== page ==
Whalley Chiefs general manager Paul Hargreaves in the stands at the club’s diamond at Whalley Athletic Park. (Photo: Tom Zillich)

Whalley Chiefs general manager Paul Hargreaves in the stands at the club’s diamond at Whalley Athletic Park. (Photo: Tom Zillich)

Surrey baseball clubs prep for spring games as COVID threatens another season

‘I’m really excited about this year, because we have the troops in place,’ Whalley Chiefs GM says

It’s soon time to play ball on Surrey’s diamonds, but will actual games be played?

The question is on the minds of many in the local baseball world as the COVID-19 pandemic threatens to balk another baseball season.

“We’re ready to go,” said Whalley Chiefs general manager Paul Hargreaves, “but we’re at the mercy of (Doctor) Bonnie Henry and the provincial health people, like everyone else.”

Hargreaves, boss of the B.C. Premier Baseball League club for more than two decades, says the current uncertainty is tough on everyone involved in the Chiefs’ five teams in different divisions and age groups, including players, coaches and parents.

“It’s making everyone goofy,” he said. “They’ve had two years of this now – or two seasons, really. I don’t know what’s going to happen if we’re told that we can’t play for another month, quite honestly. It’s getting to be tough on the mental side of it. The kids can practice only so much.”

Baseball organizations across Surrey are planning for some sort of spring season, according to a “Countdown to Baseball Season in Surrey” notice posted to surrey.ca.

“This year things will look different,” the web post confirms. “Baseball is currently in Phase 2 of the Return to Play (RTP) Guidelines as outlined in both the viaSport and Baseball BC Guidelines. Team training and development are permitted; however, games/tournaments and programming for those over the age of 22 are not permitted.”

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Right now, parks crews are busy cutting ballpark grass as part of pre-season maintenance.

To get more kids playing the game, Newton Canadian Baseball Association is welcoming children under the age of nine to register for free, for Blast-ball (those born in 2016/17), Tee-ball (born 2014/15) and Tadpole (2012/13). The association’s catchment area is between 86 A Avenue and Colebrook Road, from 120th Street to 152nd. Details are posted to newtonbaseball.com.

Meantime, Whalley Little League’s southern-boundary catchment area has been expanded to 16th Avenue.

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Elsewhere, Cloverdale Minor Baseball registration is underway online for Tadpole to Midget division, with spring-break clinics planned with coach John Parker, from March 15-19.

Fastpitch association Surrey Storm is also busy with pre-season registration and planned clinics this month, with all the details posted to surreystorm.com.

The Whalley Chiefs players have been in winter training for the past few months, and Hargreaves says they’re ready to hit the diamond on University Drive, where the grass was cut Feb. 26 for the first time this year.

• RELATED STORY, from August 2020: Whalley homecoming for baseball pro Kevin Nicholson.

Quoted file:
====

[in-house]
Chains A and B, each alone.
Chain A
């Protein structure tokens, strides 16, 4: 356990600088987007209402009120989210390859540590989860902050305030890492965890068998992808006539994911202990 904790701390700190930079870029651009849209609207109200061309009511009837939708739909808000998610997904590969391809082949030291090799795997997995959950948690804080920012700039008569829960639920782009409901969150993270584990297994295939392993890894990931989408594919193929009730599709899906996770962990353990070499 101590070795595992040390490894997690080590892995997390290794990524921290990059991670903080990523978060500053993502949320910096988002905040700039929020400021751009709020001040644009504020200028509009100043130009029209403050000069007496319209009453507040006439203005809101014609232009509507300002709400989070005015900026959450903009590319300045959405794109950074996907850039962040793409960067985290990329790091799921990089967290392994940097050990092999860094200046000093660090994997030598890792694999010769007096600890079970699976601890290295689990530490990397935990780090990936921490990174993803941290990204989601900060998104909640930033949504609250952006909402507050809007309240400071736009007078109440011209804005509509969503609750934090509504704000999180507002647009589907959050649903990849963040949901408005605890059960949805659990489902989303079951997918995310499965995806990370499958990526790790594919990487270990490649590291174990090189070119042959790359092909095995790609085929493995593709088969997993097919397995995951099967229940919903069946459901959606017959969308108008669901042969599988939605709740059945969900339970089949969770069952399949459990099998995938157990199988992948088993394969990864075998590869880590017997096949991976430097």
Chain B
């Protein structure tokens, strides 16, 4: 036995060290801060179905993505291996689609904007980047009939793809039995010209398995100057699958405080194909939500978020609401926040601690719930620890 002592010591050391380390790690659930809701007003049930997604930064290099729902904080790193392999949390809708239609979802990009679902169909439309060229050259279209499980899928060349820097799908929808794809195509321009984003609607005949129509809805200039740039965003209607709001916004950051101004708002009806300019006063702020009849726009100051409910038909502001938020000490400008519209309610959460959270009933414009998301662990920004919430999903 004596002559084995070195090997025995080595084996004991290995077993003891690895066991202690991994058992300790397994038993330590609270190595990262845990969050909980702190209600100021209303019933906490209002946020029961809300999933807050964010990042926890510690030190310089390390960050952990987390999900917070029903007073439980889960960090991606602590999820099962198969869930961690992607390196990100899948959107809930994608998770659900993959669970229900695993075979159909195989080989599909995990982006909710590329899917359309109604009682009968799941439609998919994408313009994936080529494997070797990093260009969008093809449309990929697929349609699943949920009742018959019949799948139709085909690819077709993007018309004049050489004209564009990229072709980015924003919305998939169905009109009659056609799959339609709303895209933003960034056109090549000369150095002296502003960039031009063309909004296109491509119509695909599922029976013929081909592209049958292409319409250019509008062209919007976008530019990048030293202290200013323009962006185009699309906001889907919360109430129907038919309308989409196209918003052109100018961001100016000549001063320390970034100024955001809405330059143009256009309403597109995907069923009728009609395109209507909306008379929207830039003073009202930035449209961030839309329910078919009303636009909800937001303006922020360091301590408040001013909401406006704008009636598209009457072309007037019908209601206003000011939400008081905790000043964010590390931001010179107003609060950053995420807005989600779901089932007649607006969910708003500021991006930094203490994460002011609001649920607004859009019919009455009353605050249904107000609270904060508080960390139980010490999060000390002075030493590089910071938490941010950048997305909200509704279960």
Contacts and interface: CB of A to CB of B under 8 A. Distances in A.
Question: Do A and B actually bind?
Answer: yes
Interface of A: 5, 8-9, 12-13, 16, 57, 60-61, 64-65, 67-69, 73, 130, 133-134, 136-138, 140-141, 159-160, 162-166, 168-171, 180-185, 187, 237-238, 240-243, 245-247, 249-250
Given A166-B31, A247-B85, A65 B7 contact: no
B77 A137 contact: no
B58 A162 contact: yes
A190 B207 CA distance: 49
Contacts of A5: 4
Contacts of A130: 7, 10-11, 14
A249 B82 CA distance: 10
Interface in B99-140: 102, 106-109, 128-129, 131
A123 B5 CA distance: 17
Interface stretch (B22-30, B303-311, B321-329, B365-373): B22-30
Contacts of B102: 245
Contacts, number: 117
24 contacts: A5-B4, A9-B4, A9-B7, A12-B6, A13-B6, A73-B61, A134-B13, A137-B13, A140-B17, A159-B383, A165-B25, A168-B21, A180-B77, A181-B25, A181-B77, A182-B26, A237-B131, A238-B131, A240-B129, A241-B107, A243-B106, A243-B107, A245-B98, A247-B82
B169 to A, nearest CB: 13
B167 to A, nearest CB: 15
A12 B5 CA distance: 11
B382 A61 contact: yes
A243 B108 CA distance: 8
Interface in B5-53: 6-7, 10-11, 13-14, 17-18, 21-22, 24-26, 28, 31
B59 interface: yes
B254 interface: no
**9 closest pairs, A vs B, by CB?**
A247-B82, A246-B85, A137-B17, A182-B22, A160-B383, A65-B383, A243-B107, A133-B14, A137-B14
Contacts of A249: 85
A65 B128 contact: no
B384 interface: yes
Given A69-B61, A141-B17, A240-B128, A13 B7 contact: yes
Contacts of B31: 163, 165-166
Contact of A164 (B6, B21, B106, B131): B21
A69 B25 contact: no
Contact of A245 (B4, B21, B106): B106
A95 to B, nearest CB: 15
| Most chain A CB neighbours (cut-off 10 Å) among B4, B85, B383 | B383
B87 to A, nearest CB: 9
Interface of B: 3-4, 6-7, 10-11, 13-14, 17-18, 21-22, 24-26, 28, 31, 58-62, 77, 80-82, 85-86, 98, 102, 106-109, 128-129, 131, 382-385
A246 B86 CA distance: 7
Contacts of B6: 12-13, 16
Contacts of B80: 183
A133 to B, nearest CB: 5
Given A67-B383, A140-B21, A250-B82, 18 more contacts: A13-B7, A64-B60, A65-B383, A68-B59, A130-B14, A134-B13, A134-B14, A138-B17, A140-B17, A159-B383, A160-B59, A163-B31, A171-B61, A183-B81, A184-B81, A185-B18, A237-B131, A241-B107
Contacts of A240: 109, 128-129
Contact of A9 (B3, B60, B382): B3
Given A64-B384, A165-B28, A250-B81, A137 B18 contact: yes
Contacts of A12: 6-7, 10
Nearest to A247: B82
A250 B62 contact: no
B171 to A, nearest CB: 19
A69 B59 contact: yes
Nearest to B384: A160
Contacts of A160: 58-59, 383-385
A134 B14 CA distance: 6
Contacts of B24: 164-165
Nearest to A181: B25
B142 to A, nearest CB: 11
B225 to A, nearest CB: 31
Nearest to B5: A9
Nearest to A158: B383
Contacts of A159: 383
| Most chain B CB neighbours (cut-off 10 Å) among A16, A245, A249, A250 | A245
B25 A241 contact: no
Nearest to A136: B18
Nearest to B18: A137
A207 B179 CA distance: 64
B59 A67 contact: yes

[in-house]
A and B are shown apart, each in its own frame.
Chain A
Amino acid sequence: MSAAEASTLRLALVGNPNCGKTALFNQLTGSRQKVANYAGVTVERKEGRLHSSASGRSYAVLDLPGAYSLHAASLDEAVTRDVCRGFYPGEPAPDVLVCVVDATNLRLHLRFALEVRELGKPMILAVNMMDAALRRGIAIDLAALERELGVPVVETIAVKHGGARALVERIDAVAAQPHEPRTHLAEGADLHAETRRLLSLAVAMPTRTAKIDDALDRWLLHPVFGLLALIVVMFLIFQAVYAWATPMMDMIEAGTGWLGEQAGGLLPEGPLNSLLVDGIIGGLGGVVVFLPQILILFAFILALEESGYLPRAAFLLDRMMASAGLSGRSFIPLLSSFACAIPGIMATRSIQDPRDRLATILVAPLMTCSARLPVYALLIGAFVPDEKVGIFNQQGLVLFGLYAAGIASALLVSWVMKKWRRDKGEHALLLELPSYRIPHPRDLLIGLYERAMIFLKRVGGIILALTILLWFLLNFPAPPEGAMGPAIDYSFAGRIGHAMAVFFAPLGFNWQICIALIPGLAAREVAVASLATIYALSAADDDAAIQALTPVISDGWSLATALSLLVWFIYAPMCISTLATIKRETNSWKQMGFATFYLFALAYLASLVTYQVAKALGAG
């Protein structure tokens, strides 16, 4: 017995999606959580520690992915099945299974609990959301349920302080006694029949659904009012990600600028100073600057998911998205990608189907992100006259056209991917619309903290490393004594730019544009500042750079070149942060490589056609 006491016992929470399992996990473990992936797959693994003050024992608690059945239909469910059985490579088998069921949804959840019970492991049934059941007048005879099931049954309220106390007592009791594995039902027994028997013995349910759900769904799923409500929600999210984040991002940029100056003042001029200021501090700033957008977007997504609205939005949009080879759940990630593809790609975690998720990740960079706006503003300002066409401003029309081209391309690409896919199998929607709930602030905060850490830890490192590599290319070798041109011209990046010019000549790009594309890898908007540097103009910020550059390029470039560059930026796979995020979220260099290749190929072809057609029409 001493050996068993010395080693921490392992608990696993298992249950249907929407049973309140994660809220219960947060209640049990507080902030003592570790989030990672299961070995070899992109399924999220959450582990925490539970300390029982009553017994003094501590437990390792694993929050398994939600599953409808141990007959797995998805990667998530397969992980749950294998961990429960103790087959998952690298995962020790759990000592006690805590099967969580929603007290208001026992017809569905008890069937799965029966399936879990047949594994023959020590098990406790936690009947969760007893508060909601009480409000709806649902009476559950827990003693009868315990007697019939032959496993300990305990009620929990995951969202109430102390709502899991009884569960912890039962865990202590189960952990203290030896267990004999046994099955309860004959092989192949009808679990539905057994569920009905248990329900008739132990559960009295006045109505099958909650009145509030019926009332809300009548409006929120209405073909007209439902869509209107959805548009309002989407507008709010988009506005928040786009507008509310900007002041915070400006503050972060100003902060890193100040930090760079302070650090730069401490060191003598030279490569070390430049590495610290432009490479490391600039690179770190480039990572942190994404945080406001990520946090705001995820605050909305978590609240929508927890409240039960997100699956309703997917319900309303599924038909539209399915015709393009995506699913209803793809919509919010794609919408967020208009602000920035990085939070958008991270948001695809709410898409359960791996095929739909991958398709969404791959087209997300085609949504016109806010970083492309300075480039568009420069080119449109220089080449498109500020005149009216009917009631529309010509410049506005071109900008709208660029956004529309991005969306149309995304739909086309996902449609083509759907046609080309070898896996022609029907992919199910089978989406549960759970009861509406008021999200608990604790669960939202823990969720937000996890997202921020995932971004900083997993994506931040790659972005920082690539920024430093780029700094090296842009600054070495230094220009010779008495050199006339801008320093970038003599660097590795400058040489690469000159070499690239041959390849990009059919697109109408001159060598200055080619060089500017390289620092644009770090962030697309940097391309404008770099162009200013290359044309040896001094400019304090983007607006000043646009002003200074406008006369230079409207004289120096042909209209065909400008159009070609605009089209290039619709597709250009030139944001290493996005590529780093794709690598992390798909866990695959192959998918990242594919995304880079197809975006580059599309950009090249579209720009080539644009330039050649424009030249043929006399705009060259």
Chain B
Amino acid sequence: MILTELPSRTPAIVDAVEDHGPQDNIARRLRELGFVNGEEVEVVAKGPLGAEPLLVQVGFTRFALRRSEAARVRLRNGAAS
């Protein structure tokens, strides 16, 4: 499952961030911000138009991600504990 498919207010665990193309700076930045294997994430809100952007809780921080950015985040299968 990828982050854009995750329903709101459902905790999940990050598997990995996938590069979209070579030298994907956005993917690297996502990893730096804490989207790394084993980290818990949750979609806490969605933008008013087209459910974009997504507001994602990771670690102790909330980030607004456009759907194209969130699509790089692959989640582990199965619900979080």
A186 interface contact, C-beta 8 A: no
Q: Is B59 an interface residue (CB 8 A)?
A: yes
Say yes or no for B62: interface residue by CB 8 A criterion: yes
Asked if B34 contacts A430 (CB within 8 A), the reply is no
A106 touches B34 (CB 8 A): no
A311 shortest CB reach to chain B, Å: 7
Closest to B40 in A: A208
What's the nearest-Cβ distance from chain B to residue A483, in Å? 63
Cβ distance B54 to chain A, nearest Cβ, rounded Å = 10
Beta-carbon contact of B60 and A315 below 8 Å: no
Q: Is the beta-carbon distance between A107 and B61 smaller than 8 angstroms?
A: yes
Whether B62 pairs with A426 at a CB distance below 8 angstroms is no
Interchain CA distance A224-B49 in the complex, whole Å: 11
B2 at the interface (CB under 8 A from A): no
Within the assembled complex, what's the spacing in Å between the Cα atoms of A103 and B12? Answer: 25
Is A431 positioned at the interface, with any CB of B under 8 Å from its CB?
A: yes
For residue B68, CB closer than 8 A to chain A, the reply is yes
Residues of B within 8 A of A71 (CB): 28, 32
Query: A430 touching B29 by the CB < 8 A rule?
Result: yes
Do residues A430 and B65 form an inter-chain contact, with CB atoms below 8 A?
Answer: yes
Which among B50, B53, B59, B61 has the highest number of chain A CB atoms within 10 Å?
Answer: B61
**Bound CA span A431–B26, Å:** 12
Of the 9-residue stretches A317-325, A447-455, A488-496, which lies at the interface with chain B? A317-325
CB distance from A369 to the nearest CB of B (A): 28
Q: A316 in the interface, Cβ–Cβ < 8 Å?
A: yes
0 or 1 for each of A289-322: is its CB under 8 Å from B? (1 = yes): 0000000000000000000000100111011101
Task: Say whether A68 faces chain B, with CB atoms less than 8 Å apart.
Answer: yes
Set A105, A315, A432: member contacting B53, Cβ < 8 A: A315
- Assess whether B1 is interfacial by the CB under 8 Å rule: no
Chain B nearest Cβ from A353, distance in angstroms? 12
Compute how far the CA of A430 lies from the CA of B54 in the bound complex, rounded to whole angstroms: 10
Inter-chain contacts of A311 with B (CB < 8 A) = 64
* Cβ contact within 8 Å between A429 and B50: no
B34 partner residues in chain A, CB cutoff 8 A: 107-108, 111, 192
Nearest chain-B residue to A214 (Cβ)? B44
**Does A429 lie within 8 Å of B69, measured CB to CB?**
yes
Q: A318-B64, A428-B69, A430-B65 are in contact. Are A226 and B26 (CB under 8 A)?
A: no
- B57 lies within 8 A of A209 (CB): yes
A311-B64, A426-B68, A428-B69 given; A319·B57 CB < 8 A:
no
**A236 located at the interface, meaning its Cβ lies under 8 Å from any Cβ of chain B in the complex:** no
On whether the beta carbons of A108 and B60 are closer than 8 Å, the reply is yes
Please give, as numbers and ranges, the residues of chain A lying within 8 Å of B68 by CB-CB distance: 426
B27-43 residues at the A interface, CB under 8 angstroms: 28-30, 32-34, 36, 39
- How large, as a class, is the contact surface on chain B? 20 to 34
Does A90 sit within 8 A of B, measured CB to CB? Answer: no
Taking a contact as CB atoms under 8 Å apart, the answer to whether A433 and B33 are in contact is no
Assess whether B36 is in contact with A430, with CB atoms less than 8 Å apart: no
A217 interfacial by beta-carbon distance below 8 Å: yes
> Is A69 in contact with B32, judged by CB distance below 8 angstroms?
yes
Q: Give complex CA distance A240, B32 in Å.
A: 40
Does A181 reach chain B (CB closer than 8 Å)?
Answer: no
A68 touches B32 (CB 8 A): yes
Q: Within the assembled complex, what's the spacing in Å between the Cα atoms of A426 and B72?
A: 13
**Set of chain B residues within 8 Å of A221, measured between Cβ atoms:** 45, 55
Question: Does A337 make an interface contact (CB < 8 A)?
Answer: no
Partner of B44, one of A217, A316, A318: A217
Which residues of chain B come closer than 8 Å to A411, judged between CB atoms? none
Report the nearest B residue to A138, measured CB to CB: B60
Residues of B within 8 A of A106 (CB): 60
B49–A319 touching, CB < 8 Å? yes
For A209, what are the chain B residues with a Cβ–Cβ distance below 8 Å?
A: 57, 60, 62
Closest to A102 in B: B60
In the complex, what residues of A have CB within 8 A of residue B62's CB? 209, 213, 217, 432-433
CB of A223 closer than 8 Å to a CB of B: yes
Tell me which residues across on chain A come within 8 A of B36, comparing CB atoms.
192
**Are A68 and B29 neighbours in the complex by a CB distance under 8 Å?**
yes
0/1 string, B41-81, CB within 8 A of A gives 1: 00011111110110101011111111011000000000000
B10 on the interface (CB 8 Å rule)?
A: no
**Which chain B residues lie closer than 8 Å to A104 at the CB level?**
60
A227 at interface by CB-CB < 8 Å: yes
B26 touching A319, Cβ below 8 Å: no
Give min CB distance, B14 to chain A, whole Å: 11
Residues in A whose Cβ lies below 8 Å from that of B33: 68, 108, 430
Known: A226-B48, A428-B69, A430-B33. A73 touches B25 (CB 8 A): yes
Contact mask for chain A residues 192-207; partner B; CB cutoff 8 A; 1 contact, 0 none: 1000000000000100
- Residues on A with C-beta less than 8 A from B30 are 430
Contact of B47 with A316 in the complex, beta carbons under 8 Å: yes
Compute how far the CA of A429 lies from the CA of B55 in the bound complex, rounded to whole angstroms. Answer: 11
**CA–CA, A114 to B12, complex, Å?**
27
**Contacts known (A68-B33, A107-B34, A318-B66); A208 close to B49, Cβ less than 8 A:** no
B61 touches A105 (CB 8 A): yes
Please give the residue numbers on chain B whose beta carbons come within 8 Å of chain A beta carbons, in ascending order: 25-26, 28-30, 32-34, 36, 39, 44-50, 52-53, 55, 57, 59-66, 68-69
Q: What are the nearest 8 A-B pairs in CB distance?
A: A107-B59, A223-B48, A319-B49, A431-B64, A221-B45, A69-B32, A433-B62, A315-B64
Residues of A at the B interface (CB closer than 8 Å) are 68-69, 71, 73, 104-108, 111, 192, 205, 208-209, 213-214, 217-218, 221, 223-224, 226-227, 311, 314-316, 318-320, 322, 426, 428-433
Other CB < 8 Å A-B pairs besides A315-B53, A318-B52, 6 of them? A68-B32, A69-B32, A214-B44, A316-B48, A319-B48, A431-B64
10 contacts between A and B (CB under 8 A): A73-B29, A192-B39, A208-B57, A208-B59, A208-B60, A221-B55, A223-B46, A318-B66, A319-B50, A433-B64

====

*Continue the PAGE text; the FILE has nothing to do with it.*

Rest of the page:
Last summer, the Chiefs added former pro Kevin Nicholson to the coaching ranks, as Director of Baseball Operations, 23 years after being picked in the first round, 27th overall, by the San Diego Padres in the 1997 Major League Baseball draft.

“Kevin has really brought this (club) a lot of interest from players and even coaches,” Hargreaves said. “They want to be here and learn from him, know more about the game. He’s all about developing the players for that next step.

“I’m really excited about this year, because we have the troops in place,” he added.

For now, Hargreaves says the BCPBL’s plan is the play a schedule in two halves, in geographic cohorts of no more than 100.

“It’s four teams of 25, or five teams of 20, which most of the teams have,” Hargreaves explained. “It’s a 24-game schedule to start, from April to the end of May, have a two-week quarantine, then play the other cohort, fingers crossed, for the second part of the schedule, the second 24 games.

“Right now,” he added, “we’re not planning to have any carrot at the end — no provincial championships or anything, nothing like that planned, but that could change too, if the vaccinations happen and things are more under control (with COVID). But that’s out of our hands, we just hope we can get some games played.”

As Hargreaves talked, players with the Douglas College baseball team filed in for afternoon batting practice, as users of the indoor facility at Whalley Athletic Park.

“Those guys are over 21, and they can’t play at all because of their age,” Hargreaves noted. “How crazy is that?”

He said the Chiefs “didn’t miss a beat” during winter training indoors, and even found some outdoor practice times on the turf at Tom Binnie Park, located across the street.

“This is different for everyone,” Hargreaves said. “Every time (Dr. Henry) said something, we had to change things around, all the time. With 3,100 square feet in that (indoor) facility, you had to do some math to know how many people to put in there. When you have 22 on a roster, 19 on another and 20 on another, plus three or four coaches, you can do the math and logistics.

“It’s time to get outside now.”


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